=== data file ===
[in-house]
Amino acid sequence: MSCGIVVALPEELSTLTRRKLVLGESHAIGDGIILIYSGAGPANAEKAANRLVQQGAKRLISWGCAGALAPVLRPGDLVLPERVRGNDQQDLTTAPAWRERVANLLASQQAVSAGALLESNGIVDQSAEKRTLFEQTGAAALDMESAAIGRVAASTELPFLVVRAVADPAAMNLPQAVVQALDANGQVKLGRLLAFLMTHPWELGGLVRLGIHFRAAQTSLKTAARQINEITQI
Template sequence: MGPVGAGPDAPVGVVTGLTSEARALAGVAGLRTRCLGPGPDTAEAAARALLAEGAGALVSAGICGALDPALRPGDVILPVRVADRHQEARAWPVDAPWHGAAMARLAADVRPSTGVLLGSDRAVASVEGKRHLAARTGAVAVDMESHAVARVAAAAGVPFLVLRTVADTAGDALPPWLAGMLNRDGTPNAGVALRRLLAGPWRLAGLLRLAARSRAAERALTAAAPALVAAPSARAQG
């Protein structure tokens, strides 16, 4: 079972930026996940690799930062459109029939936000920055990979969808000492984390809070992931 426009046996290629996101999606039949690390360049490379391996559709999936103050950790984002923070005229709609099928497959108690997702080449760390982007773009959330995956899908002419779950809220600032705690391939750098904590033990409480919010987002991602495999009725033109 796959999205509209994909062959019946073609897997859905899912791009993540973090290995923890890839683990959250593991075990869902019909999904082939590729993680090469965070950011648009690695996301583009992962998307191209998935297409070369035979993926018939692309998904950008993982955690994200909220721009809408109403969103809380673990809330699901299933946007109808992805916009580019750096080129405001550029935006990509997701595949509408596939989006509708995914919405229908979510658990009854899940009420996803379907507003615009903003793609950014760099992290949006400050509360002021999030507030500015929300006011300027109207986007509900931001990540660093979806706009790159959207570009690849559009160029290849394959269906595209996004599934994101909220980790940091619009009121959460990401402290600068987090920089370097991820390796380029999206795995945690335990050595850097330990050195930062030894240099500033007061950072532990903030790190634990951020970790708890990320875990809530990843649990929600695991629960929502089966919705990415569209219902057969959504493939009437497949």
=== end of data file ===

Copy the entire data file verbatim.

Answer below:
[in-house]
Amino acid sequence: MSCGIVVALPEELSTLTRRKLVLGESHAIGDGIILIYSGAGPANAEKAANRLVQQGAKRLISWGCAGALAPVLRPGDLVLPERVRGNDQQDLTTAPAWRERVANLLASQQAVSAGALLESNGIVDQSAEKRTLFEQTGAAALDMESAAIGRVAASTELPFLVVRAVADPAAMNLPQAVVQALDANGQVKLGRLLAFLMTHPWELGGLVRLGIHFRAAQTSLKTAARQINEITQI
Template sequence: MGPVGAGPDAPVGVVTGLTSEARALAGVAGLRTRCLGPGPDTAEAAARALLAEGAGALVSAGICGALDPALRPGDVILPVRVADRHQEARAWPVDAPWHGAAMARLAADVRPSTGVLLGSDRAVASVEGKRHLAARTGAVAVDMESHAVARVAAAAGVPFLVLRTVADTAGDALPPWLAGMLNRDGTPNAGVALRRLLAGPWRLAGLLRLAARSRAAERALTAAAPALVAAPSARAQG
């Protein structure tokens, strides 16, 4: 079972930026996940690799930062459109029939936000920055990979969808000492984390809070992931 426009046996290629996101999606039949690390360049490379391996559709999936103050950790984002923070005229709609099928497959108690997702080449760390982007773009959330995956899908002419779950809220600032705690391939750098904590033990409480919010987002991602495999009725033109 796959999205509209994909062959019946073609897997859905899912791009993540973090290995923890890839683990959250593991075990869902019909999904082939590729993680090469965070950011648009690695996301583009992962998307191209998935297409070369035979993926018939692309998904950008993982955690994200909220721009809408109403969103809380673990809330699901299933946007109808992805916009580019750096080129405001550029935006990509997701595949509408596939989006509708995914919405229908979510658990009854899940009420996803379907507003615009903003793609950014760099992290949006400050509360002021999030507030500015929300006011300027109207986007509900931001990540660093979806706009790159959207570009690849559009160029290849394959269906595209996004599934994101909220980790940091619009009121959460990401402290600068987090920089370097991820390796380029999206795995945690335990050595850097330990050195930062030894240099500033007061950072532990903030790190634990951020970790708890990320875990809530990843649990929600695991629960929502089966919705990415569209219902057969959504493939009437497949």